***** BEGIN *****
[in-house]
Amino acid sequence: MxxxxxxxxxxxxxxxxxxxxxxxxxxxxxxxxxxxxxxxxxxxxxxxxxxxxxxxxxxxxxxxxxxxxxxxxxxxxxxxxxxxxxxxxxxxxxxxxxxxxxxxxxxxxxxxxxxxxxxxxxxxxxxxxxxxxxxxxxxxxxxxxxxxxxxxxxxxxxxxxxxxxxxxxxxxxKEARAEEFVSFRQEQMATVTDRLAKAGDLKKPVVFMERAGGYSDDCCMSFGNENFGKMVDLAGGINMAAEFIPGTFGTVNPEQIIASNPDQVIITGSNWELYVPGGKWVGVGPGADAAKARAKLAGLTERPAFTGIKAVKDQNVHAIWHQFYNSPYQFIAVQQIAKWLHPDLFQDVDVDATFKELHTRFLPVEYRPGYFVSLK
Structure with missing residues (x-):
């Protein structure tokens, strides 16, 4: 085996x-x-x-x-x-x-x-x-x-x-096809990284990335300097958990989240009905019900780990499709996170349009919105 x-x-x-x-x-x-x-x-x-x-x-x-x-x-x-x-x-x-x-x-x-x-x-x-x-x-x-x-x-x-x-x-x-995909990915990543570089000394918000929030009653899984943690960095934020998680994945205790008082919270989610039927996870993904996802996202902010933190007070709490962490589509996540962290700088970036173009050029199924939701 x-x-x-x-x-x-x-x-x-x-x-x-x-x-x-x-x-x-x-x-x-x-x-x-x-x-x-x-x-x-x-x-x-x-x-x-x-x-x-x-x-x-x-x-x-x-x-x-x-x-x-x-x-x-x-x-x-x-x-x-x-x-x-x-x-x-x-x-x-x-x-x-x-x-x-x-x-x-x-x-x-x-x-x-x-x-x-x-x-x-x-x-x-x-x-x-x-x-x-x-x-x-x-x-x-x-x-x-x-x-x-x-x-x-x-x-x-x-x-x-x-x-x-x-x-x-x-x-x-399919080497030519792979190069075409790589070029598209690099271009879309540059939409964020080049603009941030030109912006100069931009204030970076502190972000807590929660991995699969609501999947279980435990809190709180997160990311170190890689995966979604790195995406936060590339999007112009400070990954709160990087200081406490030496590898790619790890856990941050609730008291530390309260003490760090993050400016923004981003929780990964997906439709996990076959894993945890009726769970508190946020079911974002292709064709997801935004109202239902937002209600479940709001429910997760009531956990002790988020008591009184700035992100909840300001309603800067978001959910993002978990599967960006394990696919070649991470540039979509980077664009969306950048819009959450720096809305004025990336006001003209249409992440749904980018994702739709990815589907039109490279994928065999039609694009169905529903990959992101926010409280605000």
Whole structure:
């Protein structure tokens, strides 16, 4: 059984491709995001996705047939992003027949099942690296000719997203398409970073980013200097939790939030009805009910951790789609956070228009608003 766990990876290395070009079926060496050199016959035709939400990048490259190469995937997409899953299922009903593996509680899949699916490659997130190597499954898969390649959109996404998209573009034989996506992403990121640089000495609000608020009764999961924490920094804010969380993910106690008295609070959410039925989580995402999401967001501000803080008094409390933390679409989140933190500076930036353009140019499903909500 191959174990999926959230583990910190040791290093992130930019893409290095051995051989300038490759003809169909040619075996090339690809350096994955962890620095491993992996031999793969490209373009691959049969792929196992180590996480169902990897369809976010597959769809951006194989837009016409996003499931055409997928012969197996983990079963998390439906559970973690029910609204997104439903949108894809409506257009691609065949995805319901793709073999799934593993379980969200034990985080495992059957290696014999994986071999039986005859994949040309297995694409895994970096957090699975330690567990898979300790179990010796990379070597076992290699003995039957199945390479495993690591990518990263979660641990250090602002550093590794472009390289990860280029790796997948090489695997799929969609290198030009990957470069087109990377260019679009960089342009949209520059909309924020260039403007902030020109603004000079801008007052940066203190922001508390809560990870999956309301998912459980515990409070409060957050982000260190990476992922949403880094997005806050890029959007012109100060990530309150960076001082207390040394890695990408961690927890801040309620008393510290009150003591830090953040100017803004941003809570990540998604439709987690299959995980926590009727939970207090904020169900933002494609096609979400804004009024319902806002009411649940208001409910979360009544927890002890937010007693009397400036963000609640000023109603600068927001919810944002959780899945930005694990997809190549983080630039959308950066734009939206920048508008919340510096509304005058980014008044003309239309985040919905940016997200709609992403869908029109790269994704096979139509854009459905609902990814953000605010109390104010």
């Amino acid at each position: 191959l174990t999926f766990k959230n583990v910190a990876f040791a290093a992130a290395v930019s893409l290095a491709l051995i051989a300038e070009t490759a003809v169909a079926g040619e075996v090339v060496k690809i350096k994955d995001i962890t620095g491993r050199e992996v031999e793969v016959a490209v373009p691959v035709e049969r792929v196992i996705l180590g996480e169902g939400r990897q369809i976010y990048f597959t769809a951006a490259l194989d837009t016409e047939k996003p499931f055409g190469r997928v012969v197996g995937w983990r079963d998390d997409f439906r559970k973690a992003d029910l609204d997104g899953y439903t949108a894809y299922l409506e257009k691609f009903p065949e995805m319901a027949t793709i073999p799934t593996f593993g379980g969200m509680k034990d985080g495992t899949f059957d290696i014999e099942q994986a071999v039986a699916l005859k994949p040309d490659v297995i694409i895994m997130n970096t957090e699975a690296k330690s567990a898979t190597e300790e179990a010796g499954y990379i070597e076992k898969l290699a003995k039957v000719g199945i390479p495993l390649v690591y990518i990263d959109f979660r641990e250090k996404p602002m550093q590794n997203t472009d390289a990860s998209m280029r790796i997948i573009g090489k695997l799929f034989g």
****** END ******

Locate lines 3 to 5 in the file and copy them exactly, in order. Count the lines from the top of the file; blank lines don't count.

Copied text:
Structure with missing residues (x-):
């Protein structure tokens, strides 16, 4: 085996x-x-x-x-x-x-x-x-x-x-096809990284990335300097958990989240009905019900780990499709996170349009919105 x-x-x-x-x-x-x-x-x-x-x-x-x-x-x-x-x-x-x-x-x-x-x-x-x-x-x-x-x-x-x-x-x-995909990915990543570089000394918000929030009653899984943690960095934020998680994945205790008082919270989610039927996870993904996802996202902010933190007070709490962490589509996540962290700088970036173009050029199924939701 x-x-x-x-x-x-x-x-x-x-x-x-x-x-x-x-x-x-x-x-x-x-x-x-x-x-x-x-x-x-x-x-x-x-x-x-x-x-x-x-x-x-x-x-x-x-x-x-x-x-x-x-x-x-x-x-x-x-x-x-x-x-x-x-x-x-x-x-x-x-x-x-x-x-x-x-x-x-x-x-x-x-x-x-x-x-x-x-x-x-x-x-x-x-x-x-x-x-x-x-x-x-x-x-x-x-x-x-x-x-x-x-x-x-x-x-x-x-x-x-x-x-x-x-x-x-x-x-x-399919080497030519792979190069075409790589070029598209690099271009879309540059939409964020080049603009941030030109912006100069931009204030970076502190972000807590929660991995699969609501999947279980435990809190709180997160990311170190890689995966979604790195995406936060590339999007112009400070990954709160990087200081406490030496590898790619790890856990941050609730008291530390309260003490760090993050400016923004981003929780990964997906439709996990076959894993945890009726769970508190946020079911974002292709064709997801935004109202239902937002209600479940709001429910997760009531956990002790988020008591009184700035992100909840300001309603800067978001959910993002978990599967960006394990696919070649991470540039979509980077664009969306950048819009959450720096809305004025990336006001003209249409992440749904980018994702739709990815589907039109490279994928065999039609694009169905529903990959992101926010409280605000």
Whole structure: